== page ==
A few months ago, I would have probably simply looked at one of the WAR metrics to get an idea of the situation. But, as Russell Carleton mentioned in his article, “The Kimbrel Gambit,” WAR may not be the best way to measure or look at relievers: “WAR, by its very nature, seeks to strip out the context out of a player’s results, although the major WAR indices are all aware that for relievers, that’s a little silly. In general, we find that in WAR for relievers, there is an adjustment made so that a pitcher’s WAR is inflated by a factor that is halfway between 1.00 (average leverage) and the average leverage that he faced in the games that he threw. If he normally faced a leverage value of 2.00, his WAR (for his pitching components) would be inflated by a factor of 1.5. The problem here is that while closers do pitch in 40-50 save situations each year, they also pitch in games where they are just getting work in or are filling an inning. (Here’s Kimbrel’s game log for last season. There are a few decidedly non-save situations.) Those ‘extra’ innings aren’t really what teams are paying closers for, and they are generally low-leverage, but they mean that the pitcher’s ‘average’ leverage will decrease. In other words, WAR under-values closers, even with its adjustment and here I don’t think it’s a good metric for what we really want to measure.” Russell concluded in that article that Win Probability Added (WPA) was a better way of looking at relievers. I would agree with this to a certain extent.
In August, I engaged in an exercise and asked the question of who was the Brewers true closer? I made a couple of conclusions. One was that we can take the term closer literally and define closer as someone who “closes” games. The other point was that we can look at closers through the lens of clutch. I defined clutch as the pitcher who pitched the highest leverage innings because that’s the point of the closer mentality. It’s the ability to pitch in high-leverage situations. The point is not that closers are getting paid for saves. Maybe they are, in part, but I think teams are smart enough to recognize that the save is a silly stat. What closers are really being paid for is getting outs in high-leverage situations. That success can, therefore, be looked at through WPA.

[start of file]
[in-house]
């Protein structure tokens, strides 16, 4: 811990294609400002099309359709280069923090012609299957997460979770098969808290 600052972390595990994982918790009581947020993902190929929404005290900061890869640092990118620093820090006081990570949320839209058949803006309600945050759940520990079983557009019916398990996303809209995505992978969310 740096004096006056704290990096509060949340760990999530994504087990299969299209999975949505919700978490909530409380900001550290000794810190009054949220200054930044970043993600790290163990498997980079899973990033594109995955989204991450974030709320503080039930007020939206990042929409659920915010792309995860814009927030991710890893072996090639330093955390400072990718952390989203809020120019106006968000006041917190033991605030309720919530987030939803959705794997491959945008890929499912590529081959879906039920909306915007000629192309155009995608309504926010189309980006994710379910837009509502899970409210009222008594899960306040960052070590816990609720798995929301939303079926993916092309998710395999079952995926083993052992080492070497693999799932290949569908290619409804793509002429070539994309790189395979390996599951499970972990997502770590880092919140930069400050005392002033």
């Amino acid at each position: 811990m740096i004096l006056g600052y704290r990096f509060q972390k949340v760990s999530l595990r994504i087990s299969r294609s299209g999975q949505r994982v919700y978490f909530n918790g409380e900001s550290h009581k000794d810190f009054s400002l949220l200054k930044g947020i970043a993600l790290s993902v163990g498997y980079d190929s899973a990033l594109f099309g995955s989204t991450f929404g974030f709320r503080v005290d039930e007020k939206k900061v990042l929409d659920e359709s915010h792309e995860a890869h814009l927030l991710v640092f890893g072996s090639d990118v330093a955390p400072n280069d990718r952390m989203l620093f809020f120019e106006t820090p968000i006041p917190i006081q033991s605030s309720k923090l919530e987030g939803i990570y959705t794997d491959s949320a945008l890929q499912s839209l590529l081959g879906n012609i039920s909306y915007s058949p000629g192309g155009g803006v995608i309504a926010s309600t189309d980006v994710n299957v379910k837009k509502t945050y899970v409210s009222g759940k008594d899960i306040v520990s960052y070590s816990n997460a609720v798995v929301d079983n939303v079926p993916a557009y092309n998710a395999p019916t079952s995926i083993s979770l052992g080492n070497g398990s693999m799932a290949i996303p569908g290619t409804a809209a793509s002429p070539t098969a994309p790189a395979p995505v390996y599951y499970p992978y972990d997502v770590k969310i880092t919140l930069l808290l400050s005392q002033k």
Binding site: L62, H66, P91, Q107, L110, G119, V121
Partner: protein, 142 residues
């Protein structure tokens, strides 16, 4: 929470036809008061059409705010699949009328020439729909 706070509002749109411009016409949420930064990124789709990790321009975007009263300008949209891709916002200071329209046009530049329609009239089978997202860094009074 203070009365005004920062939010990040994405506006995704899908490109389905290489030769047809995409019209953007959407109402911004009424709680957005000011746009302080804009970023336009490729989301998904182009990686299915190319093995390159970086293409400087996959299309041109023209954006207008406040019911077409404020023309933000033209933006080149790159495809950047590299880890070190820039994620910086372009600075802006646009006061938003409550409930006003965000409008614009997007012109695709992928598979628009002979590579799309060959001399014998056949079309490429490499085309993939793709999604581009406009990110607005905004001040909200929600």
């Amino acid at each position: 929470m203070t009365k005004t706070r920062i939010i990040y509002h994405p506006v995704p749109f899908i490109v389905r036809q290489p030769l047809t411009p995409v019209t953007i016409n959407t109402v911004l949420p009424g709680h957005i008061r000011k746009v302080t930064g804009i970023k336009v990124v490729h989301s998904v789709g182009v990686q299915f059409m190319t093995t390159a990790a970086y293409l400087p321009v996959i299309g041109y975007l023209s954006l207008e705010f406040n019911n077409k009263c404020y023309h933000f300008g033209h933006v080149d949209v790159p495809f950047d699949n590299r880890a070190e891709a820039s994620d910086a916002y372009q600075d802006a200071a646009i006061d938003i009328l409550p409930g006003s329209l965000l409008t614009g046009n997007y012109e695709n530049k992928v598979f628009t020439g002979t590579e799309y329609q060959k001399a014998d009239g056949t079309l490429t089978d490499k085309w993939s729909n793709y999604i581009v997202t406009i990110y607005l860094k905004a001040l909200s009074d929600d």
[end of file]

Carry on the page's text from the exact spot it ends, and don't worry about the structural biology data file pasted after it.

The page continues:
Win Probability Added may sound complicated but it’s not. What it does is it “credits or debits” a player based on how his performance affects the probability of winning a game. If a relief pitcher comes in with the bases loaded and one out and gets out of the jam, that has more value than a pitcher who came in and got two outs with nobody on. The problem is that most pitching metrics won’t take that context into consideration. This, to a certain extent, is fine for a starter or a position player, but for a relief pitcher it’s not. This is primarily because so much of his role revolves around the ability to get outs in clutch or high-leverage situations.
So now, let’s look at how the Brewers 2015 bullpen ranks throughout their history with WPA. (I went back to 1974 because that’s as far back as the results go.)
With WPA, the Brewers 2015 season was the fifth-best in franchise history. It also ranked seventh among all Major League teams for the 2015 season. Even though the team would have probably ranked higher by other metrics, it’s still a welcome sight to see the Brewers bullpen this high in the rankings after a number of years of poor bullpen performance.